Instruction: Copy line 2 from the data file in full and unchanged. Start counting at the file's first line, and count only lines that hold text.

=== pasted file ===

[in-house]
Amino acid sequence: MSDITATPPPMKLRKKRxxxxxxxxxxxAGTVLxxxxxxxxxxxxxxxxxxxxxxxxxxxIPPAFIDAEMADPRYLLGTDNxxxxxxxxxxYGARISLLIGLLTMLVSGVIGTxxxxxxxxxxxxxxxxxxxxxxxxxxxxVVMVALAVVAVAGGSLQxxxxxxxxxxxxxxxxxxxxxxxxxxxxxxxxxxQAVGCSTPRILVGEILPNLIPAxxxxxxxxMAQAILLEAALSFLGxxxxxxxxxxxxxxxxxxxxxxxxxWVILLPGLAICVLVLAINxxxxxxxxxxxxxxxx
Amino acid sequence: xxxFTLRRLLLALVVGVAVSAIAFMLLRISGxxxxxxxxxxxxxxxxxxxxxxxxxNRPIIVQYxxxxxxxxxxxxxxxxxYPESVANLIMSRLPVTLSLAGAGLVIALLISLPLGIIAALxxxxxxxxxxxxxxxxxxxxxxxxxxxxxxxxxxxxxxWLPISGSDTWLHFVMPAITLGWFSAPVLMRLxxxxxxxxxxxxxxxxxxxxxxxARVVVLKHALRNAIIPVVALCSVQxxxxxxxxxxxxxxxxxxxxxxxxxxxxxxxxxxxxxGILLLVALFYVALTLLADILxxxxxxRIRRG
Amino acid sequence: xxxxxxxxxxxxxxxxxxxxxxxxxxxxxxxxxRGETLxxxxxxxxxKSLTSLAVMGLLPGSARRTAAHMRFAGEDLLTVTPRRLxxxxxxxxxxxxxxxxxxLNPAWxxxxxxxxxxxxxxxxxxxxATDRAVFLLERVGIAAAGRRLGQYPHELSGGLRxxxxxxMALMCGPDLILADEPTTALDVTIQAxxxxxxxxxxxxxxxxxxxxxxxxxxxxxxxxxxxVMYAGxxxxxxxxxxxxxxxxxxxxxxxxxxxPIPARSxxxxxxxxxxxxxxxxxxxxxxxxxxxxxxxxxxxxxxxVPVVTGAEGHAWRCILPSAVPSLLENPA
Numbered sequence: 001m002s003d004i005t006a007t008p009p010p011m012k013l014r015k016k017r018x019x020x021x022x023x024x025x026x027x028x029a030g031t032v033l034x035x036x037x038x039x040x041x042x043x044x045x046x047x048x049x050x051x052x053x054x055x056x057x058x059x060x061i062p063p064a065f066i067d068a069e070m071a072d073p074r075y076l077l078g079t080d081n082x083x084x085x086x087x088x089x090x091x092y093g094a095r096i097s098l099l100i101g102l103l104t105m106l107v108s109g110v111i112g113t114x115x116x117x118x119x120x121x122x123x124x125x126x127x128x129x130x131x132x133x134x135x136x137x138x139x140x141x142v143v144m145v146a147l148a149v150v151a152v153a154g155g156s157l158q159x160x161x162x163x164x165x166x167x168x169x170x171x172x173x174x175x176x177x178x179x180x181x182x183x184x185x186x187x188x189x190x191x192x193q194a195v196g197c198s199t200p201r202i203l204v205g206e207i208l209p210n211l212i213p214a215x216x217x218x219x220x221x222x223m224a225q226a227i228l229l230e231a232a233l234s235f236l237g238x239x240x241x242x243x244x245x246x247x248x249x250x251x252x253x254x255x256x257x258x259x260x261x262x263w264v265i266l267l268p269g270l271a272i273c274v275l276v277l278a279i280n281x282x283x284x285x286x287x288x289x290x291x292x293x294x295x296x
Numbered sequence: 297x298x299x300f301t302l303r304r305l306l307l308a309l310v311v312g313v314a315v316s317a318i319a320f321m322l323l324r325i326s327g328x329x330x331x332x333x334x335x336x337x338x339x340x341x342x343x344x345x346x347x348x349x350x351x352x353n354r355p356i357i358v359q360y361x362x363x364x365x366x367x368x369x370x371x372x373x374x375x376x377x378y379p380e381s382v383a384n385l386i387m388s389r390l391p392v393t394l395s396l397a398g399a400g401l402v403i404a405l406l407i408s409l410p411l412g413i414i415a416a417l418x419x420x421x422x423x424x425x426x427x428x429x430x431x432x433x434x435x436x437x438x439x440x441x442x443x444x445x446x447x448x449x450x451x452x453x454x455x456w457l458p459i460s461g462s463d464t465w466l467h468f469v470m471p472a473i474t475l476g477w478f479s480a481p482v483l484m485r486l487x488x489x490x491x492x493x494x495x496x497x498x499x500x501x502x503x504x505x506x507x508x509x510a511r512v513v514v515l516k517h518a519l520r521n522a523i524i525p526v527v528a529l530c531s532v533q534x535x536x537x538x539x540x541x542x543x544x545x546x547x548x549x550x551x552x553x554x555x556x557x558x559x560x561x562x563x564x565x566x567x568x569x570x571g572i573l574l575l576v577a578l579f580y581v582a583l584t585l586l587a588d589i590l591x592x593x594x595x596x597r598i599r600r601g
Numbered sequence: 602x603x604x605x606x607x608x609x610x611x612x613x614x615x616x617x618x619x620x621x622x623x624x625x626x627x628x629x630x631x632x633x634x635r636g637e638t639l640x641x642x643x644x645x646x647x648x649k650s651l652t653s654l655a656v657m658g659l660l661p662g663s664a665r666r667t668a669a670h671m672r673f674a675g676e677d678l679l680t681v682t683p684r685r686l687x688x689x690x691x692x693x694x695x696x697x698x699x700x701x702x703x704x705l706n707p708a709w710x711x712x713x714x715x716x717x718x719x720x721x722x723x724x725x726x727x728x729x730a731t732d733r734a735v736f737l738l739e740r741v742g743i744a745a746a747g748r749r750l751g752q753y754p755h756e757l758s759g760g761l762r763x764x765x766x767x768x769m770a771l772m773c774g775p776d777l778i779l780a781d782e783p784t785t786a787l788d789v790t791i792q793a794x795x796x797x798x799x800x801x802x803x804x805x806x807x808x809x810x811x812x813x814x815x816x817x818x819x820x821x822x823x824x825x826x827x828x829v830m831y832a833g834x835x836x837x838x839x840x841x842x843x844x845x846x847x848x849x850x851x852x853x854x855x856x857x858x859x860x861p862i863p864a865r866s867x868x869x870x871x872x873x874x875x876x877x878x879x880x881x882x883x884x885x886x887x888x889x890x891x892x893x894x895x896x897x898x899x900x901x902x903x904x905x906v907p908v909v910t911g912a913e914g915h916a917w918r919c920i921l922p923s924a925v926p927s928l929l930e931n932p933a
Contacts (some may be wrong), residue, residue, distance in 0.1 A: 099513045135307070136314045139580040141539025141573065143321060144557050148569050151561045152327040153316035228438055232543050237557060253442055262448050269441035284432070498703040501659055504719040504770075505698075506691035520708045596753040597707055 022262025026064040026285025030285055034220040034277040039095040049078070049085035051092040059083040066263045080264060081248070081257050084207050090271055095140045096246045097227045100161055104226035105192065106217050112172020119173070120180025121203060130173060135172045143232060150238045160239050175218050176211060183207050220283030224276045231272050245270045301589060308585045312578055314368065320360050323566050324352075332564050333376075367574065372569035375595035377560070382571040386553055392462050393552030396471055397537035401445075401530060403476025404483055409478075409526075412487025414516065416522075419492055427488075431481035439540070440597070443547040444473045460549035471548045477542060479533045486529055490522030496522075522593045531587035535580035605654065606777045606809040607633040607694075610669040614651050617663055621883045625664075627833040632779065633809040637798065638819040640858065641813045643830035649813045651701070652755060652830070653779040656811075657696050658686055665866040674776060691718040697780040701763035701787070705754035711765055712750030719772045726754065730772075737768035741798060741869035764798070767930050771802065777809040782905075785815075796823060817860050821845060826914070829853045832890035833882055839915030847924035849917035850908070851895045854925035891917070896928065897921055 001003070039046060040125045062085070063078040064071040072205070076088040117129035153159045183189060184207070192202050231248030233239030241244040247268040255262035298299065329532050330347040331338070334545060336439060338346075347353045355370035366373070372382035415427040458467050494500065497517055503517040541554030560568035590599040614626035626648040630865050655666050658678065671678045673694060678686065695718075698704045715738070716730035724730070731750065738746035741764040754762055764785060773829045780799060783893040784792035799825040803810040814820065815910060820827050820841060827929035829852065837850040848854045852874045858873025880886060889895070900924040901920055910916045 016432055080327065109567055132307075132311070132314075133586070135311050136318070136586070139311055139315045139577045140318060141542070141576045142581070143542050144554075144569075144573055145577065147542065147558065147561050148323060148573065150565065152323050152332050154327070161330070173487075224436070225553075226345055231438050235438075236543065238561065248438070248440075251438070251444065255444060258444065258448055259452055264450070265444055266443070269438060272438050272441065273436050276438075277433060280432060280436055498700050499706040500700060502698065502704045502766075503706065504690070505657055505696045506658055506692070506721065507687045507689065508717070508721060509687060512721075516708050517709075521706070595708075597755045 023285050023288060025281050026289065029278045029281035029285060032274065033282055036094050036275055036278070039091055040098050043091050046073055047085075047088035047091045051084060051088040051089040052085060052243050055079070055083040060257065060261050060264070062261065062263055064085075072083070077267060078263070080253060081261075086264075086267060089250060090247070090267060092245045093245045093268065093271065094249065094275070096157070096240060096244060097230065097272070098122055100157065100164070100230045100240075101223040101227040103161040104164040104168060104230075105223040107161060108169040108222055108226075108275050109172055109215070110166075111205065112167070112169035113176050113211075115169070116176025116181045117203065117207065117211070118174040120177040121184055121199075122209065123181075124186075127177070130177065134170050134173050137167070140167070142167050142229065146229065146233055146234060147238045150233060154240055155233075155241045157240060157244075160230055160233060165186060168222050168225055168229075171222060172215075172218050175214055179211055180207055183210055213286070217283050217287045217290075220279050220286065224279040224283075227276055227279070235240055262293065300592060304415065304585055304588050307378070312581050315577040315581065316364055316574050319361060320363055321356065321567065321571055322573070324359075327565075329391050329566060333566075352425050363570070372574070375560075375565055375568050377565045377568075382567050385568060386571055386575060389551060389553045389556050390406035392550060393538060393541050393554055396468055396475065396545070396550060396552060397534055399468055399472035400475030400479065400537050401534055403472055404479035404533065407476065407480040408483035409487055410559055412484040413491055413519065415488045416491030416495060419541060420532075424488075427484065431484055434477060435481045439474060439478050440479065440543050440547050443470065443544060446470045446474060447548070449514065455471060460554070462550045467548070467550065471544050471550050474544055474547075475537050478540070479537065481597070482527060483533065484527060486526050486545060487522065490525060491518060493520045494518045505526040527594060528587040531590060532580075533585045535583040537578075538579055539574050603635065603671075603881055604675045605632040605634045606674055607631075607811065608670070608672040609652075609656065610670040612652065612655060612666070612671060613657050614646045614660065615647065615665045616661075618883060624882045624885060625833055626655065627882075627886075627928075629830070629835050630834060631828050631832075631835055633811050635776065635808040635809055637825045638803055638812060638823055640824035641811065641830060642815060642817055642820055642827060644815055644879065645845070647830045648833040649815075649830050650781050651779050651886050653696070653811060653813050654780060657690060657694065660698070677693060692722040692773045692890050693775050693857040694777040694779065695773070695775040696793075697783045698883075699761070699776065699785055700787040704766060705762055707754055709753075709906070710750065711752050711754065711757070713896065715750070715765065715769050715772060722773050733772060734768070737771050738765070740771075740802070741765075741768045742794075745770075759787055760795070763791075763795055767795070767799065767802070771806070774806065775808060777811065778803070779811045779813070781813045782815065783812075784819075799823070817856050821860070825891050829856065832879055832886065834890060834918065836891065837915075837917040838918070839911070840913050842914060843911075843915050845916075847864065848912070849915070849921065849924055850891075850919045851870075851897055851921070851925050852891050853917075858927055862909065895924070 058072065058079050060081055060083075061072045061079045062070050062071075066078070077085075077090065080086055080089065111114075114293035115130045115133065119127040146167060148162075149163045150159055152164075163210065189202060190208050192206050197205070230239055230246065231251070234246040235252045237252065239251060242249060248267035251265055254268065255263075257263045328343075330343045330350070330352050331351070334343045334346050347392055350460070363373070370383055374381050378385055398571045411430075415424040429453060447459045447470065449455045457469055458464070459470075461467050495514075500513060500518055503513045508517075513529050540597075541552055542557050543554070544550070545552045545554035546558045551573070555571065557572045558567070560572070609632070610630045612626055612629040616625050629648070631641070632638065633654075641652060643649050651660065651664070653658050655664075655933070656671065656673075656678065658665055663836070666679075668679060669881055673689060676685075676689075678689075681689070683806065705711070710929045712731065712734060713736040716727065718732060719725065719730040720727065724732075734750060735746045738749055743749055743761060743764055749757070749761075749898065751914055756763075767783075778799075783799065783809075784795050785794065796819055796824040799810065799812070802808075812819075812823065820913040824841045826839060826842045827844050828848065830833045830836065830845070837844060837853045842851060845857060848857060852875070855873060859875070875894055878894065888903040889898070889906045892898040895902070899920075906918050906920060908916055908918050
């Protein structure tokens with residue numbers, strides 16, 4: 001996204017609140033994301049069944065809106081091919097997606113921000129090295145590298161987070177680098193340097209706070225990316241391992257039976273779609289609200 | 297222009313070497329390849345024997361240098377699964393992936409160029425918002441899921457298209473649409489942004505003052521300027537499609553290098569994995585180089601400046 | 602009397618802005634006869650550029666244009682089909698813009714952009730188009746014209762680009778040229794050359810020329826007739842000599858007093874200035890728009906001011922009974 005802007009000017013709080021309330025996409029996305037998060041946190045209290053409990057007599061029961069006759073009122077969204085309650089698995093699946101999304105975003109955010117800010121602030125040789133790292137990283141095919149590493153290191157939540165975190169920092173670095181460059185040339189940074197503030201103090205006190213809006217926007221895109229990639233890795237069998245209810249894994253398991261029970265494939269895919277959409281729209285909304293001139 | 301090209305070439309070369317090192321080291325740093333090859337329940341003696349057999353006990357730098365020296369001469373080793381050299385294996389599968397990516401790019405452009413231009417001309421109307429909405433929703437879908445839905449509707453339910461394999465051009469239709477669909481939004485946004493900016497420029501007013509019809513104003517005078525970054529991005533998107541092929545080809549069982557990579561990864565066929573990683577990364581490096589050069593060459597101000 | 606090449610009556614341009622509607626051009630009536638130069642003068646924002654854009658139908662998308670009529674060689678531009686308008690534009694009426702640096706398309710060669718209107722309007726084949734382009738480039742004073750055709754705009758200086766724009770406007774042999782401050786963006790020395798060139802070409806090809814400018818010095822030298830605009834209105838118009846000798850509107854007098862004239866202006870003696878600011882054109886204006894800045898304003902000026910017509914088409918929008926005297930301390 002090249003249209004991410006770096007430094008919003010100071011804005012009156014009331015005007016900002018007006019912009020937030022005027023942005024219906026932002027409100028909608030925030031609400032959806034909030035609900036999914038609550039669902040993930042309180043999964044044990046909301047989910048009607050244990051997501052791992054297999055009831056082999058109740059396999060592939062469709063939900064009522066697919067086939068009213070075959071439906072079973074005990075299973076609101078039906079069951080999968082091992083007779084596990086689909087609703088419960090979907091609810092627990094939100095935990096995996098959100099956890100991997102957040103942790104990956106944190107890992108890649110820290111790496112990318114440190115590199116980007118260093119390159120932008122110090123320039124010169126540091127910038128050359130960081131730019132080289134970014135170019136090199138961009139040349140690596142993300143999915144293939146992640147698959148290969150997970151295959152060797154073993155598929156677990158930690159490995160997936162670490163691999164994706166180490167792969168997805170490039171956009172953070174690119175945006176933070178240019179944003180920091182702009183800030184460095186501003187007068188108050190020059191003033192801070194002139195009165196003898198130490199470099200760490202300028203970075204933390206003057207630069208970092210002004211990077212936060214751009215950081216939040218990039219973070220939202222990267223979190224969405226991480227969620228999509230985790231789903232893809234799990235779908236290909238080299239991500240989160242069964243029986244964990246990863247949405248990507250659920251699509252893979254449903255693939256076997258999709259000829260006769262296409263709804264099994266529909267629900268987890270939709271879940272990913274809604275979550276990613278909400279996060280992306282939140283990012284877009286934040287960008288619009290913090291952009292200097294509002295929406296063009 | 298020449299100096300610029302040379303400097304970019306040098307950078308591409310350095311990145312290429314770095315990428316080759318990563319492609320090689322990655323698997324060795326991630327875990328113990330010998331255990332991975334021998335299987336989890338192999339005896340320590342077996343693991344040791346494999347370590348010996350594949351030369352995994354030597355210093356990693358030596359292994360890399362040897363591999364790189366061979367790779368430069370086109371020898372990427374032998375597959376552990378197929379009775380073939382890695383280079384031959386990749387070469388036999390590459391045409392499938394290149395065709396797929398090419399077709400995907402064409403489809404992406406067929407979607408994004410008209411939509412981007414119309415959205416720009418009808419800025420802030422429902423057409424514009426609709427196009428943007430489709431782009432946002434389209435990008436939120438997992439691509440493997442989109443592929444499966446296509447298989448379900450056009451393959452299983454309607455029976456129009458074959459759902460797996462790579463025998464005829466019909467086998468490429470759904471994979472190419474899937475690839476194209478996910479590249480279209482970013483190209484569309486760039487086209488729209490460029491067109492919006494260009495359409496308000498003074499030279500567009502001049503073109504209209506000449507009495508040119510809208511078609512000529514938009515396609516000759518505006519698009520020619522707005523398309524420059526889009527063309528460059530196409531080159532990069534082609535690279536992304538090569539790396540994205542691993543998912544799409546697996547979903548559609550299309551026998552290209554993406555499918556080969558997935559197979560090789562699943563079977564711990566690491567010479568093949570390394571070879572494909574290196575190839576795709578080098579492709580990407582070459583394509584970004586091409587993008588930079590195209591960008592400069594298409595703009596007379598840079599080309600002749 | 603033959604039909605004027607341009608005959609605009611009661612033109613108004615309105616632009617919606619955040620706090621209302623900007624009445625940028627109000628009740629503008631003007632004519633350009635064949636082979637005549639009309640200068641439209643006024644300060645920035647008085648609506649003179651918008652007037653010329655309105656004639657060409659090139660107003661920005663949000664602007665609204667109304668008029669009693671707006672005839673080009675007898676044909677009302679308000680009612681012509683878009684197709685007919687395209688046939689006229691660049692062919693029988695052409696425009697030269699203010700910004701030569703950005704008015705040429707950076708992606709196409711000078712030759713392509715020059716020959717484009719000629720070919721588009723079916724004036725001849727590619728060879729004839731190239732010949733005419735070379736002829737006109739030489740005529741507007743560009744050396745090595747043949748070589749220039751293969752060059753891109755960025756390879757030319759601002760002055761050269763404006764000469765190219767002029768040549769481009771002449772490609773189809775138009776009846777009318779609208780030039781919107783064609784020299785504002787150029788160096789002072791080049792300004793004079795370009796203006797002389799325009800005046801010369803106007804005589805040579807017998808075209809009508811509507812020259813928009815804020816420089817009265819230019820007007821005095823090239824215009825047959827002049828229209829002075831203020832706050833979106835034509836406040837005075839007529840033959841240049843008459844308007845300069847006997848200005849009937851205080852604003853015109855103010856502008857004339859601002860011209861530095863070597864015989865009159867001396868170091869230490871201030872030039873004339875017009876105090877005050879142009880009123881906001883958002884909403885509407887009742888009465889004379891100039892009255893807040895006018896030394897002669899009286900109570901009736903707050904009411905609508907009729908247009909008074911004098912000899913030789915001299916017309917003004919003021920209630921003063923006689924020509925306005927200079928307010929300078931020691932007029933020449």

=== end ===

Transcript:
Amino acid sequence: MSDITATPPPMKLRKKRxxxxxxxxxxxAGTVLxxxxxxxxxxxxxxxxxxxxxxxxxxxIPPAFIDAEMADPRYLLGTDNxxxxxxxxxxYGARISLLIGLLTMLVSGVIGTxxxxxxxxxxxxxxxxxxxxxxxxxxxxVVMVALAVVAVAGGSLQxxxxxxxxxxxxxxxxxxxxxxxxxxxxxxxxxxQAVGCSTPRILVGEILPNLIPAxxxxxxxxMAQAILLEAALSFLGxxxxxxxxxxxxxxxxxxxxxxxxxWVILLPGLAICVLVLAINxxxxxxxxxxxxxxxx